After spending the night in Heibronn, we got up early to head to Adelsheim, a small town where my great-great-great grandmother was born in 1835. We met up with some potential relatives in Adelsheim and found that indeed, our relative named Schifferdecker from Adelsheim was related to them as well. They were very hospitable and helpful and gave us a tour of the town.
This is the church where my great-great-great grandmother was baptized as an infant.
The folks from Adelsheim are sometimes called the goat-warmers by those from neighboring towns. Several hundred years ago, during a cold winter night, a man in Adelsheim felt bad for his goats, and built a fire to keep them warm. He ended up burning down half the town. By now, Adelsheim seems to have embraced the moniker.
My dad and I in front of what may have been where our ancestors lived. Coincidentally, it's also the only picture of the two of us together.
That afternoon, we headed to Rothenberg, a nicely preserved medieval town which now seems to be the biggest tourist trap in all of Germany. We wandered around the town, climbed the original town walls, and also went to a criminal justice museum.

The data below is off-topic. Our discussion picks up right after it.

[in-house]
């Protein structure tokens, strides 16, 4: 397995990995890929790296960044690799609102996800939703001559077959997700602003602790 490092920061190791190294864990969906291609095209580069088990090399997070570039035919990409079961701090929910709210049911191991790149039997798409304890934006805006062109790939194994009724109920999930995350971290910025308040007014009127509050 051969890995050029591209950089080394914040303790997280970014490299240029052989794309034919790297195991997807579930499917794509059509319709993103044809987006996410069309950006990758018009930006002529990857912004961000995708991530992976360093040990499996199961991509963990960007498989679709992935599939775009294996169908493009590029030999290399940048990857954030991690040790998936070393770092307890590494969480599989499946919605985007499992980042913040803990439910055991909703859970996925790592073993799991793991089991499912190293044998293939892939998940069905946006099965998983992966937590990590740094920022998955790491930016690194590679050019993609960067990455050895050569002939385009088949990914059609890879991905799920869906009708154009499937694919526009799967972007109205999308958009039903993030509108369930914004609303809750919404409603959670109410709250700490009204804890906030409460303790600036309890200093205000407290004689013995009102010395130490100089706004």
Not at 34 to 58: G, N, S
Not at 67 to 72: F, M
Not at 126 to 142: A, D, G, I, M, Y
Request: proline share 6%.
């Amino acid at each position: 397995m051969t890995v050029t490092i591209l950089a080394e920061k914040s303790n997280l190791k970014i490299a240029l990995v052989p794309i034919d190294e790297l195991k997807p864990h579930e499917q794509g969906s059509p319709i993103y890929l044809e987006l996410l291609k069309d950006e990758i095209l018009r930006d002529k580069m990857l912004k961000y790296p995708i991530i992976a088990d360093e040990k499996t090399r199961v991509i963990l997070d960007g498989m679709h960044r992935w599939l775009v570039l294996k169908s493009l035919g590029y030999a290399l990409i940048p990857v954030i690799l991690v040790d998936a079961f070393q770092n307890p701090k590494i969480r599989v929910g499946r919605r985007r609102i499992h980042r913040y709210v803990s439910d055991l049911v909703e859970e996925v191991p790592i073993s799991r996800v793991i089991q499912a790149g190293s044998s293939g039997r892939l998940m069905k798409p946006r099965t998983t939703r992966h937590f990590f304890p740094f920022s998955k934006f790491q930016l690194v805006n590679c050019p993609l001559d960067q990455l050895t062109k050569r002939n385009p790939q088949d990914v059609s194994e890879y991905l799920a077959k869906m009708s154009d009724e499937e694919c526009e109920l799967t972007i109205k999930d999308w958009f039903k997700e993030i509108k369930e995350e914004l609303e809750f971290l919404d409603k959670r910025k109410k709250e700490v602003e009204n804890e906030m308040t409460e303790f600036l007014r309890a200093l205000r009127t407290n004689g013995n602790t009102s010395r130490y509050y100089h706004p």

A lovely looking torture chair from the criminal museum.
The original city wall
On our way back, I really wanted to stop at Burg Weinsberg, which is also known for the story of the faithful wives. At some point in the middle ages, this castle was taken over by another knight. He was going to kill all the men, but let the women go and carry out their most prized possessions. So the women put the men on their backs and carried them safely out.
The castle ruins on top of the hill
Our adventure did not end there, however. Somehow, we managed to drive up to the castle a back way with no parking. When we got to the top of a very steep hill, we had no way else to get out. I didn’t particularly want my dad to back down a very steep, very narrow hill, so I somehow convinced myself that there was enough room to make a 15 point turn. After several points of the turn, I realized that I mis-estimated either the space, the turning radius of the car, or both. I had directed my dad in between two stones walls, about six inches from each bumper. Oh yeah, the car was a manual and we were on a hill. After about 10 more turns and me trying to hold the car from rolling while my dad worked the clutch, we finally got out of there, more or less unscathed. Unfortunately, the picture doesn’t do it justice.
We made it back to Heilbronn for the night, had some dinner at a local place, and made plans for the next day, our last full day in Germany.